Syntax and Usage
Special Characters and Their Purpose
Now let's have a look at the different special characters and some examples using them in combination with the name list code from above. Here is a brief overview of the characters and their purpose:
|stands for a single arbitrary character
|are used to define classes of characters and match any character of that class
|are used to define groups consisting of multiple characters in a sequence
|stands for arbitrarily many repetitions of the previous character or group but at least one occurrence
|stands for arbitrarily many repetitions of the previous character or group including no occurrence
|stands for zero or one occurrence of the previous character or group, so basically says that the character or group is optional
|stands for at least m and at most n repetitions of the previous group where m and n are integer numbers
|stands for the beginning of the string
|stands for the end of the string
|stands between two characters or groups and matches either only the left or only the right character/group, so it is used to define alternatives
|is used in combination with the next character to define special classes of characters
Since the dot stands for any character, the regular expression ".u" can be used to get all names that have the letter 'u' as the second character. Give this a try by using ".u" for the regular expression in line 1 of the code from the previous example.
The output will be:
Similarly, we can use "..cha" to get all names that start with two arbitrary characters followed by the character sequence resulting in "Michael Mason" and "Richard Robertson" being the only matches. By the way, it is strongly recommended that you experiment a bit in this section by modifying the patterns used in the examples. If in some case you don't understand the results you are getting, feel free to post this as a question on the course forums.
Maybe you are wondering how one would use the different special characters in the verbatim sense, e.g. to find all names that contain a dot. This is done by putting a backslash in front of them, so \. for the dot, \? for the question mark, and so on. If you want to match a single backslash in a regular expression, this needs to be represented by a double backslash in the regular expression. However, one has to be careful here when writing this regular expression as a string literal in the Python code: Because of the string escaping mechanism, a sequence of two backslashes will only produce a single backslash in the string character sequence. Therefore, you actually have to use four backslashes, "xyz\\\\xyz" to produce the correct regular expression involving a single backslash. Or you use a raw string in which escaping is disabled, so r"xyz\\xyz". Here is one example that uses \. to search for names with a dot as the third character returning "Dr. Melissa Franklin" and "Dr. Dr. Matthew Malone" as the only results:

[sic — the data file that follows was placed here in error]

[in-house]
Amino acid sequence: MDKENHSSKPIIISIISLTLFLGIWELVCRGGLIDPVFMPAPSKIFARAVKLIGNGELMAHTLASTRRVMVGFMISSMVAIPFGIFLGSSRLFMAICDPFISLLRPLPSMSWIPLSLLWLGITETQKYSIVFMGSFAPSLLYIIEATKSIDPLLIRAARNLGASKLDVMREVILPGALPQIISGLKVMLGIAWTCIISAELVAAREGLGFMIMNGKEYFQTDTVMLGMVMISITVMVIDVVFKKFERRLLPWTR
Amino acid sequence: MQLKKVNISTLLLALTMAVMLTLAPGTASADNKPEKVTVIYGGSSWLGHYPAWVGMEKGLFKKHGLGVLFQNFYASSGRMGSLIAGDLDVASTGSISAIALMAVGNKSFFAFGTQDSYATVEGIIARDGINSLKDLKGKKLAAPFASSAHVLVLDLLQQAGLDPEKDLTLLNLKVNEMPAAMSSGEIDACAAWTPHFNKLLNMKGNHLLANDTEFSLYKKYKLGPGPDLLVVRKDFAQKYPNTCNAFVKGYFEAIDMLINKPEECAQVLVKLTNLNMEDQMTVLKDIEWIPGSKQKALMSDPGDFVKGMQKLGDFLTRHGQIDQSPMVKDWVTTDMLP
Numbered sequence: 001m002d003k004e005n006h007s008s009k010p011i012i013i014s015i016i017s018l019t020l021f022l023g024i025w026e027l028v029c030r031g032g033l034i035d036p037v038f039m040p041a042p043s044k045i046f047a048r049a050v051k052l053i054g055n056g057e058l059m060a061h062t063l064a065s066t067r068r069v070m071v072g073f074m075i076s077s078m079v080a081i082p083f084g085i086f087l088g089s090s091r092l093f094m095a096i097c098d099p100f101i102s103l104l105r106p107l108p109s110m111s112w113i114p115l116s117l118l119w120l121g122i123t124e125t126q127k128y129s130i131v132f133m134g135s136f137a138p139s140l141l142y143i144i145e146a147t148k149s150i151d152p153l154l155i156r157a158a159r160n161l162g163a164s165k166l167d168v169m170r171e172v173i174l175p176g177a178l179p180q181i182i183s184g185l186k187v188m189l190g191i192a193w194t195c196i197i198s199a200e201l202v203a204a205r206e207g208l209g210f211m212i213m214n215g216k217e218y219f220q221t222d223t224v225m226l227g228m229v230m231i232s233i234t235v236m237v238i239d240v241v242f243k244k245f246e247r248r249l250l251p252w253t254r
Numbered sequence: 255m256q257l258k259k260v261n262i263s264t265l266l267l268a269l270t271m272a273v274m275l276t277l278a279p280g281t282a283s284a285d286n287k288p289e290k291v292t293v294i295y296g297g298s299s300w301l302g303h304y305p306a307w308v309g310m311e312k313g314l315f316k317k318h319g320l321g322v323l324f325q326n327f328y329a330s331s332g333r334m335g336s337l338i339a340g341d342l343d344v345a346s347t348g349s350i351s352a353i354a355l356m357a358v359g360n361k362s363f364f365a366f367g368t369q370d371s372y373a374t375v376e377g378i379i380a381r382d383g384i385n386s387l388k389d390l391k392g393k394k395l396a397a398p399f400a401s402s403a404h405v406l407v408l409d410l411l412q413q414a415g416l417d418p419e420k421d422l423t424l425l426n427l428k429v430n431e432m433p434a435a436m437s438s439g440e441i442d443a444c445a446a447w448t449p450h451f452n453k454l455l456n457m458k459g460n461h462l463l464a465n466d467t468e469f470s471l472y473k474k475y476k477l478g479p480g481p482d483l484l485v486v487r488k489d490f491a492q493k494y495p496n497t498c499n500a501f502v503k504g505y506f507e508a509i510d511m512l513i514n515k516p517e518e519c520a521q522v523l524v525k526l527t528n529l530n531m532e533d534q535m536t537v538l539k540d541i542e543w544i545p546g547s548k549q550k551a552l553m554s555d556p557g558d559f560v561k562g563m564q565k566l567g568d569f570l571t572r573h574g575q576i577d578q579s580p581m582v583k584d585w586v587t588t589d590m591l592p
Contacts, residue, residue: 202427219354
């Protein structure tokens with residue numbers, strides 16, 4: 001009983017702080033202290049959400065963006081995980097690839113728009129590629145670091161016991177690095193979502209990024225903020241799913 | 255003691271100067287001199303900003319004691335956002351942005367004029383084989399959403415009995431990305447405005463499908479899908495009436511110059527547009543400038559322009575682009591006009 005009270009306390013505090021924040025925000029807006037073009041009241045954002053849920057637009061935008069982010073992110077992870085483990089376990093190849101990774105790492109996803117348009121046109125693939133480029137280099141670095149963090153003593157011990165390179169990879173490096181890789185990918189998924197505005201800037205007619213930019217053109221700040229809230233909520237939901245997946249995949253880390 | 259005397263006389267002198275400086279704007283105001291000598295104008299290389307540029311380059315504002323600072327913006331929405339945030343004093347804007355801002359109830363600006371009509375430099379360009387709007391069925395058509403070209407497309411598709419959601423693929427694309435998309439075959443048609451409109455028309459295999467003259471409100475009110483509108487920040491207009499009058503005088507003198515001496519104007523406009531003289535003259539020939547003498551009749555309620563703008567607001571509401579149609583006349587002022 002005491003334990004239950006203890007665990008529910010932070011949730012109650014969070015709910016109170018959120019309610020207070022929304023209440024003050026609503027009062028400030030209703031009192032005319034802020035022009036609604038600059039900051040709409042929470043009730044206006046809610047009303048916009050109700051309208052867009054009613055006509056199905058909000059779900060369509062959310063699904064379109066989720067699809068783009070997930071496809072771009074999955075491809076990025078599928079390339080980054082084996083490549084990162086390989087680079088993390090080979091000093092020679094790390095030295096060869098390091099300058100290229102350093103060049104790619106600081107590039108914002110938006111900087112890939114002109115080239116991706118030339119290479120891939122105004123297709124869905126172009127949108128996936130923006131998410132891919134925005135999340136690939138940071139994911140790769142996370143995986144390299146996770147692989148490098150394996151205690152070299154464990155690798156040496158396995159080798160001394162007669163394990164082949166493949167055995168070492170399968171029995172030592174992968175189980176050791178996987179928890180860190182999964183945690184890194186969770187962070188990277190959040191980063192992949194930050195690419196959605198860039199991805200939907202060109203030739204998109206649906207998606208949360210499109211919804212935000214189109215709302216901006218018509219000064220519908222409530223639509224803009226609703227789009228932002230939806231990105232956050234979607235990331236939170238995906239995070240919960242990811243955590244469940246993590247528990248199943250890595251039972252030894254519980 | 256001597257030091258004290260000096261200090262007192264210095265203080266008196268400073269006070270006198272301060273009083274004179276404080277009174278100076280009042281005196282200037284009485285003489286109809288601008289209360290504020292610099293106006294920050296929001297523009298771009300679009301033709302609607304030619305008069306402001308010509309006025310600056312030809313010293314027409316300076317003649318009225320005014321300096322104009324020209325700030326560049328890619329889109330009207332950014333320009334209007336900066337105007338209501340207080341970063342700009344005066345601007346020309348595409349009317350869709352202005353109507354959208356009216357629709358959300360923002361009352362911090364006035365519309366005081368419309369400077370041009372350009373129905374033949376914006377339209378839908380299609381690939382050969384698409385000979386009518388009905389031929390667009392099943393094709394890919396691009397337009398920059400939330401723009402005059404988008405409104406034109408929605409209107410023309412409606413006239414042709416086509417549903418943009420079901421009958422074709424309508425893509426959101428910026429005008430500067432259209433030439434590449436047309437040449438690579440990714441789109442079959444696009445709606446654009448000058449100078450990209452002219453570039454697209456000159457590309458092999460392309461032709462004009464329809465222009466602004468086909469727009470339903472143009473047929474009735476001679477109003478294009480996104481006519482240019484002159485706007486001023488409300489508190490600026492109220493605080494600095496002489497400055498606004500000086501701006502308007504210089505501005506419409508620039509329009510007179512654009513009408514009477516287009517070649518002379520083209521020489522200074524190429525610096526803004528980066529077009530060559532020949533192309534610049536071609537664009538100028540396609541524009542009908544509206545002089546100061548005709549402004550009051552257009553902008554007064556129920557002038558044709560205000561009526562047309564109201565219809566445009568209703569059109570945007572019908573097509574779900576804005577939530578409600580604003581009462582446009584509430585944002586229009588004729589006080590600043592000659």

Next, let us combine the dot (.) with the star (*) symbol that stands for the repetition of the previous character. The pattern ".*John" can be used to find all names that contain the character sequence "John". The .* at the beginning can match any sequence
of characters of arbitrary length from the .class (so any available character). For Instance, for the name "Jennifer Johnson", the .* matches the sequence "Jennifer " produced from nine characters from the . class and since this is followed by the
character sequence "John", the entire name matches the regular expression.
Please note that the name "John Williams" is a valid match because the * also includes zero occurrences of the preceding character, so ".*John" will also match "John" at the beginning of a string.
The dot used in the previous examples is a special character for representing an entire class of characters, namely any character. It is also possible to define your own class of characters within a regular expression with the help of the squared brackets.
For instance, [abco] stands for the class consisting of only the characters 'a', 'b','c' and 'o'. When it is used in a regular expression, it matches any of these four characters. So the pattern ".[abco]" can, for instance, be used to get all names
that have either 'a', 'b', 'c', or 'o' as the second character. This means using ...
...we get the output:
When defining classes, we can make use of ranges of characters denoted by a hyphen. For instance, the range m-o stands for the lower-case characters 'm', 'n', 'o' . The class [m-oM-O.] would then consist of the characters 'm', 'n', 'o', 'M', 'N', 'O',
and '.' . Please note that when a special character appears within the squared brackets of a class definition (like the dot in this example), it is used in its verbatim sense. Try this idea of using ranges out with the following example:
The output will be...
... because these are the only names that have a character from the class [m-oM-O.] as the seventh character.